COLUMBUS, Ohio - Shayan Parsai is an Iranian-American who was born in the United States. The 29-year-old has dual-citizenship and is an attorney in central Ohio and specializes in immigration law and, specifically, visa delays.
He says the majority of his family still lives in Iran.
"I think, objectively speaking, General [Qassem] Soleimani was a very divisive figure," he said.
Parsai says for most Iranians, Soleimani was looked at as a national hero who did so much to protect the country and its people.
"I think people really gravitated towards him and they really credited him," Parsai said. "[He] played a large role in the defeat of Isis in Iraq."
Soleimani, who was one of Iran's top military leaders, was killed in a U. S. strike last week.
However, Parsai says Iranians have a complicated relationship with the government and the media they consume. He says they're not fully aware of all of Iran's military actions or roles Soleimani played relating to other countries' issues. Had that been the case, he says people might have lessened their admiration for Soleimani.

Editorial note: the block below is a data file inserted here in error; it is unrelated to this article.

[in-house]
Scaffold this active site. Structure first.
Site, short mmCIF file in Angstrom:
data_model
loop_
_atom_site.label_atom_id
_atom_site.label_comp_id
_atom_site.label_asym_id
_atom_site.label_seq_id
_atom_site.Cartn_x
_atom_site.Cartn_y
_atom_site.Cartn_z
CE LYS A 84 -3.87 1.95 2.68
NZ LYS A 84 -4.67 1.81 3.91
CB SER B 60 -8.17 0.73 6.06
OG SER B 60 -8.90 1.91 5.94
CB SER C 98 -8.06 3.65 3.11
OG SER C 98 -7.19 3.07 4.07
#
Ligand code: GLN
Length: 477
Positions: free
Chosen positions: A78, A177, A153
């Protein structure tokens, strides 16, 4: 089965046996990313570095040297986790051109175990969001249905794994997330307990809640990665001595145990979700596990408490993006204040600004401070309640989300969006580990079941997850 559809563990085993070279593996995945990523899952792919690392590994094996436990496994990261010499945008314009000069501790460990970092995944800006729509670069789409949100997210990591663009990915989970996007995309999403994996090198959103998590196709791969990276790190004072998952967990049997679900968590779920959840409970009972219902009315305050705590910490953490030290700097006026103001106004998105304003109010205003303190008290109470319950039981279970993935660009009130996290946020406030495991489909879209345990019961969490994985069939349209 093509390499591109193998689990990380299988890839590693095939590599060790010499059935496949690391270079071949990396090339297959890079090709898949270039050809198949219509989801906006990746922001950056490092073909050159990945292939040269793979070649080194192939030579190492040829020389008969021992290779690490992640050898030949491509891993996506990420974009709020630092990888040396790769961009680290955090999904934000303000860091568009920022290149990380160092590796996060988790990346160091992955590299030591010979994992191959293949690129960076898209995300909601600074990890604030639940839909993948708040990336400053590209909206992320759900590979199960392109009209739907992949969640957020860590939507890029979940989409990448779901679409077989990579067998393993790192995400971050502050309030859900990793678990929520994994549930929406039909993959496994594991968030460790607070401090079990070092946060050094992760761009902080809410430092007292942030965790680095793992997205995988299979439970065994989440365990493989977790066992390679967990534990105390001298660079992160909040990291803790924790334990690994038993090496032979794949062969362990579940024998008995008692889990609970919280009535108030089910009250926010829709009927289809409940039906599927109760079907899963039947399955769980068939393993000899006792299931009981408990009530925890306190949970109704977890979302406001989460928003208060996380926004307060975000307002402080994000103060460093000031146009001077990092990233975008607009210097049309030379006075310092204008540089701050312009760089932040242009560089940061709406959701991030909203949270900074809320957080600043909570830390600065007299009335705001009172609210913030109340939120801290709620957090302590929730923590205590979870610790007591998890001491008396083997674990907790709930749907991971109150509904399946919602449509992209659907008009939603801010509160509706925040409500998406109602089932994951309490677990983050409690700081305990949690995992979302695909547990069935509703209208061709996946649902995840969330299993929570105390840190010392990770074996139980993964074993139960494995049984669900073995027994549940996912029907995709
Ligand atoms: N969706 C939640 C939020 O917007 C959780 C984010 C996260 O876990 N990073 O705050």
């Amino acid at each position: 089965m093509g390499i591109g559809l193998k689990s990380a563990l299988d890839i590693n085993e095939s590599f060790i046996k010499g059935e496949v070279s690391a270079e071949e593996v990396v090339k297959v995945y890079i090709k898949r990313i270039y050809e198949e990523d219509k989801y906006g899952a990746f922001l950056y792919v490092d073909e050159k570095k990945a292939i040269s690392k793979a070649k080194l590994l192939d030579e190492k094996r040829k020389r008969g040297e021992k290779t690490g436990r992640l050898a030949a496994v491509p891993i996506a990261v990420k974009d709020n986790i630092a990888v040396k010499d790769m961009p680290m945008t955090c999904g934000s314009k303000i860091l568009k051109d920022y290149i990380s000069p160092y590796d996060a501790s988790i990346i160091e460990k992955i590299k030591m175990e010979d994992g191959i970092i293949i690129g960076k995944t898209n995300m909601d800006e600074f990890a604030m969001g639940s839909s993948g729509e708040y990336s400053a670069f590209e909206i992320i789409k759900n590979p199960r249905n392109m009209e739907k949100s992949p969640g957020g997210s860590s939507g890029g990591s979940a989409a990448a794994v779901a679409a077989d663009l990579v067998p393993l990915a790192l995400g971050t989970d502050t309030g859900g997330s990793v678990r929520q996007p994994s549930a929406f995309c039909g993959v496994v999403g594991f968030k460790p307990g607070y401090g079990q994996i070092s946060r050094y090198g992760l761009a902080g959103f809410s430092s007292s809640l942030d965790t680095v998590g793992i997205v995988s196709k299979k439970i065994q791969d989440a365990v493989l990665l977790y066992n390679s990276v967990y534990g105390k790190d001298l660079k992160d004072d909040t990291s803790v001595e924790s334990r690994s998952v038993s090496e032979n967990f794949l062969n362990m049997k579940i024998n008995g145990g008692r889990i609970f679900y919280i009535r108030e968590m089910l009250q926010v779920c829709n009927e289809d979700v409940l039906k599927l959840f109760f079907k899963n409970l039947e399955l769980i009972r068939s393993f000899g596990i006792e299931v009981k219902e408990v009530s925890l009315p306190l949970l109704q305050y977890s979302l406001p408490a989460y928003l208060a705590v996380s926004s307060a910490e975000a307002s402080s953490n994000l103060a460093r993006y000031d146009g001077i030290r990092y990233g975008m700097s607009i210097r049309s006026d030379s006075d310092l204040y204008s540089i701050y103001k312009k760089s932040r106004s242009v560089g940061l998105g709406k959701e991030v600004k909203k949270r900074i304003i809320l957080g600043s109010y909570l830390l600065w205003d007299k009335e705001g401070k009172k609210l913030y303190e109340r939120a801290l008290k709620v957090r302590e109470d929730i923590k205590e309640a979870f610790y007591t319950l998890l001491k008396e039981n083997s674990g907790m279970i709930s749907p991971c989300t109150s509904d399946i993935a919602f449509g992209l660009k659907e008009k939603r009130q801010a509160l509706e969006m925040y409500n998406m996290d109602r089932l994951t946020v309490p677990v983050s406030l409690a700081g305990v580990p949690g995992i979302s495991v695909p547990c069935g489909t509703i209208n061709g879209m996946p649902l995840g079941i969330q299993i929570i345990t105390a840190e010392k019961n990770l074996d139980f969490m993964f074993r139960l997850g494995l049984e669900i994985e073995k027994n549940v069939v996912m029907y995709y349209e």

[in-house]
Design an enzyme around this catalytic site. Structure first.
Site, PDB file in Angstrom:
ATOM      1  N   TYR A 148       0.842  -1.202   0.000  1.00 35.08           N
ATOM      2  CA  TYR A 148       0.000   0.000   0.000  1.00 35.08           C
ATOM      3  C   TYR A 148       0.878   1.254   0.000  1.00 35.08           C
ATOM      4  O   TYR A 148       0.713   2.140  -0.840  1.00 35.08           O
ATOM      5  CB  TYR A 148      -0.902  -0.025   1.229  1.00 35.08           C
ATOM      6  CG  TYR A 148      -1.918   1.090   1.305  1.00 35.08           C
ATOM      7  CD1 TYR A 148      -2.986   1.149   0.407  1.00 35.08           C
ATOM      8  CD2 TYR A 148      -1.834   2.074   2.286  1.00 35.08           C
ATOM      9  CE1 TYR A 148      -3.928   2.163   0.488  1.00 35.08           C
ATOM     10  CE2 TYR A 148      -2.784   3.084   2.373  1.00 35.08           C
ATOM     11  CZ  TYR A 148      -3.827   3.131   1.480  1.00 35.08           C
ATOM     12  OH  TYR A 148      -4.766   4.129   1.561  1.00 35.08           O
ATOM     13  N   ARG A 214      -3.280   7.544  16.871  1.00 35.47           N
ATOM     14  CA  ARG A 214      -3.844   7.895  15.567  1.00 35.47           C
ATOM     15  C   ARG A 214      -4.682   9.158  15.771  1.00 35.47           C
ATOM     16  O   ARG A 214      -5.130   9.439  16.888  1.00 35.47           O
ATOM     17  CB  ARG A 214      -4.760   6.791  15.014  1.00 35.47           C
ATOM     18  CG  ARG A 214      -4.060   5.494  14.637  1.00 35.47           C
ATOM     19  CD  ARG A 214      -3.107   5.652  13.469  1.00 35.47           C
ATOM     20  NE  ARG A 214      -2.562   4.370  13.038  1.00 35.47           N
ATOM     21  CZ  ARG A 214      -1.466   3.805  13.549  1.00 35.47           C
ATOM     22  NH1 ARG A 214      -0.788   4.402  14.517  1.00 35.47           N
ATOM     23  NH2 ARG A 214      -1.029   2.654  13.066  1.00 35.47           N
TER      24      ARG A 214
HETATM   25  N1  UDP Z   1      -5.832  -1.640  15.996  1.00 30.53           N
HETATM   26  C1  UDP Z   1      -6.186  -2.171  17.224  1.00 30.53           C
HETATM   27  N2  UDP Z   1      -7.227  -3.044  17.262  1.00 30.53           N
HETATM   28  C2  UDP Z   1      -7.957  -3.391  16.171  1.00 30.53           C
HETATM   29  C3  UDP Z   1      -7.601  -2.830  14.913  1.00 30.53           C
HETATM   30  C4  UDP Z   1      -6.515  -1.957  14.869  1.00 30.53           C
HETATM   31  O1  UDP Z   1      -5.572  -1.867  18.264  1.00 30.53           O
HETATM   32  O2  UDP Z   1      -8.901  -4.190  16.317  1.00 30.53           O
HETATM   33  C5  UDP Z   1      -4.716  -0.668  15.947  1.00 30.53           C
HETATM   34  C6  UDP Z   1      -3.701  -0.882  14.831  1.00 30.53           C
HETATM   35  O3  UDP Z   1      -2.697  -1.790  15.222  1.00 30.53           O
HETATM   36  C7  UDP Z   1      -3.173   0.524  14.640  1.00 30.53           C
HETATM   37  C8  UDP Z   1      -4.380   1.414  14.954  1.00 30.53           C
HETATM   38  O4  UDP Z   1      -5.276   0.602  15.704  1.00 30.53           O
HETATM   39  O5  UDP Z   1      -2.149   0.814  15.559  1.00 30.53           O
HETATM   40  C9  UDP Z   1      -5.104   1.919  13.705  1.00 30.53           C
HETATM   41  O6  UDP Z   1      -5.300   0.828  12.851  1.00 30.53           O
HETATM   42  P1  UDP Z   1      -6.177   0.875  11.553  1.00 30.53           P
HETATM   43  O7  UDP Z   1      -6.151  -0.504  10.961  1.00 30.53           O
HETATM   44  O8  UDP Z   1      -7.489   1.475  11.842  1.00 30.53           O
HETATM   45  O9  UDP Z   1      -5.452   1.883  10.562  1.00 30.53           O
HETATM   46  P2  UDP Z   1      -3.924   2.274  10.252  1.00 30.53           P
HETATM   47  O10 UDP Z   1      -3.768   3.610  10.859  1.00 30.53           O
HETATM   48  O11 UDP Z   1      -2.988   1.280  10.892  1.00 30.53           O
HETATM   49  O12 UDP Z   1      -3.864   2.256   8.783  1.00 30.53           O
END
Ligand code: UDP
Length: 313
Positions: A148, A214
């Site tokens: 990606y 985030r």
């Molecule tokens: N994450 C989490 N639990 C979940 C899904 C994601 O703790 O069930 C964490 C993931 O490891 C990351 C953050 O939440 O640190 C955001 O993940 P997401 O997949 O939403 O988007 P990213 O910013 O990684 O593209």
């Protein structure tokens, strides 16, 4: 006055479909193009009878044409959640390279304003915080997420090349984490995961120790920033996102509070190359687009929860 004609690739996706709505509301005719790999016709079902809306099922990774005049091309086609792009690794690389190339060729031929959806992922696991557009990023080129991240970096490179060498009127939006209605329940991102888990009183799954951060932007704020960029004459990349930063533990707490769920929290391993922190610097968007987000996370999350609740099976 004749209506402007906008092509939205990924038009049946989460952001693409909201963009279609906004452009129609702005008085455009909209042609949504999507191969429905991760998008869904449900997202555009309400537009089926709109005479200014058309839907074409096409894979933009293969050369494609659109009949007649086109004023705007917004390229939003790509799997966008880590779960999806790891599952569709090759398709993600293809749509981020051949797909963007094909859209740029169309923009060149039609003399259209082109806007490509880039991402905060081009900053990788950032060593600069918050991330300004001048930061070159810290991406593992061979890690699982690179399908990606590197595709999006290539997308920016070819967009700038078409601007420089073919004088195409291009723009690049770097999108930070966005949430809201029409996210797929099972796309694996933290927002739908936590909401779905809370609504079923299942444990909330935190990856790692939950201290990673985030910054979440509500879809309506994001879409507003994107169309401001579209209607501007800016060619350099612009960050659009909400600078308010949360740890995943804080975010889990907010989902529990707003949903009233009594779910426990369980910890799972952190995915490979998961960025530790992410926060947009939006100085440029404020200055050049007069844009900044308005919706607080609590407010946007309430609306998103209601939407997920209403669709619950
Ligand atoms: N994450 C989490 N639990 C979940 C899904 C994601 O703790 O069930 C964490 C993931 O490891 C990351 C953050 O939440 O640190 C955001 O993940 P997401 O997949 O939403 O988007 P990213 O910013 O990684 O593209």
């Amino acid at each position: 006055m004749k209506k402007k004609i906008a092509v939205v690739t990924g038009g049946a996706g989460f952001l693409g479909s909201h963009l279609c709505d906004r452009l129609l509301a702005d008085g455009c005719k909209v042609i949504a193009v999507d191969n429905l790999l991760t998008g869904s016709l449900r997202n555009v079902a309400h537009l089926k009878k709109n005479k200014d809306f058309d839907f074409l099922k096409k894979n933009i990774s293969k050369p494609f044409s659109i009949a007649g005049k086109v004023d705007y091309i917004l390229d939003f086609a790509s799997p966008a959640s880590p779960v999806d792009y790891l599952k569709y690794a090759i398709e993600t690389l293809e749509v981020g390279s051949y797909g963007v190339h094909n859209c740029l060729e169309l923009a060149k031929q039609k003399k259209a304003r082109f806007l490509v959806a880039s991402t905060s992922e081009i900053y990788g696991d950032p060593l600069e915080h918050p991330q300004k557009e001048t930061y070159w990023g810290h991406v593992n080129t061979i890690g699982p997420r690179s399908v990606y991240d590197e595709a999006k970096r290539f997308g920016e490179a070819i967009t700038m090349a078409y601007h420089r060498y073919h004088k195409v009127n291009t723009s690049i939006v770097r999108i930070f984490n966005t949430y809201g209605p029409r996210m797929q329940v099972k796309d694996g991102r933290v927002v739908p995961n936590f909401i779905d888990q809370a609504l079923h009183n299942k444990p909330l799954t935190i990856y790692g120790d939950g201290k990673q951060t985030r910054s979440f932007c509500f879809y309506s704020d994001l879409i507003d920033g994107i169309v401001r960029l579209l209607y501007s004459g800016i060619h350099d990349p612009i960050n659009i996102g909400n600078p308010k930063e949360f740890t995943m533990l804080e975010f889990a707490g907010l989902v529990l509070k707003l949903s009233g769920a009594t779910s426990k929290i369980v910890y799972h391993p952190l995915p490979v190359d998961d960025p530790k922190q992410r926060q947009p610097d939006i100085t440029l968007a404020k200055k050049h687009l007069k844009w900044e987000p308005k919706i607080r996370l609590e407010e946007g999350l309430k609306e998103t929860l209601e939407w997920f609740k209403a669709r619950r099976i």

Still, he says many Iranians now view the United States as stepping out-of-line.
"The way that Iranians seem to be interpreting this death and assassination is that a foreign country has assassinated a top diplomat," Parsai said.
Saturday, during threats of possible retaliation, President Donald Trump took to twitter saying if Iran strikes any Americans, the U. S. has targeted dozens of Iranian sites that "will be hit very fast and very hard."
"I think it's only a matter of time before Iranian forces and their allies do carry out military operations on U. S. forces abroad," Parsai said.
Thirty minutes after those words left Parsai's mouth, it happened.
Tuesday night came word of retaliation. Iran fired a series of missiles at least two Iraqi air bases that house U. S. troops.
"When tensions are running so high, it's not a safe environment for anybody," Parsai said. "For anybody."
Parsai worries for his family, his countrymen, Americans and for any loss of life.
He hopes no matter the political aisle on which you side with we all realize each death affects us all and it will for generations to come.
"That really hurts the fabric of the society socially, economically, religiously, ideologically," he said. "It sets everything into an absolute commotion."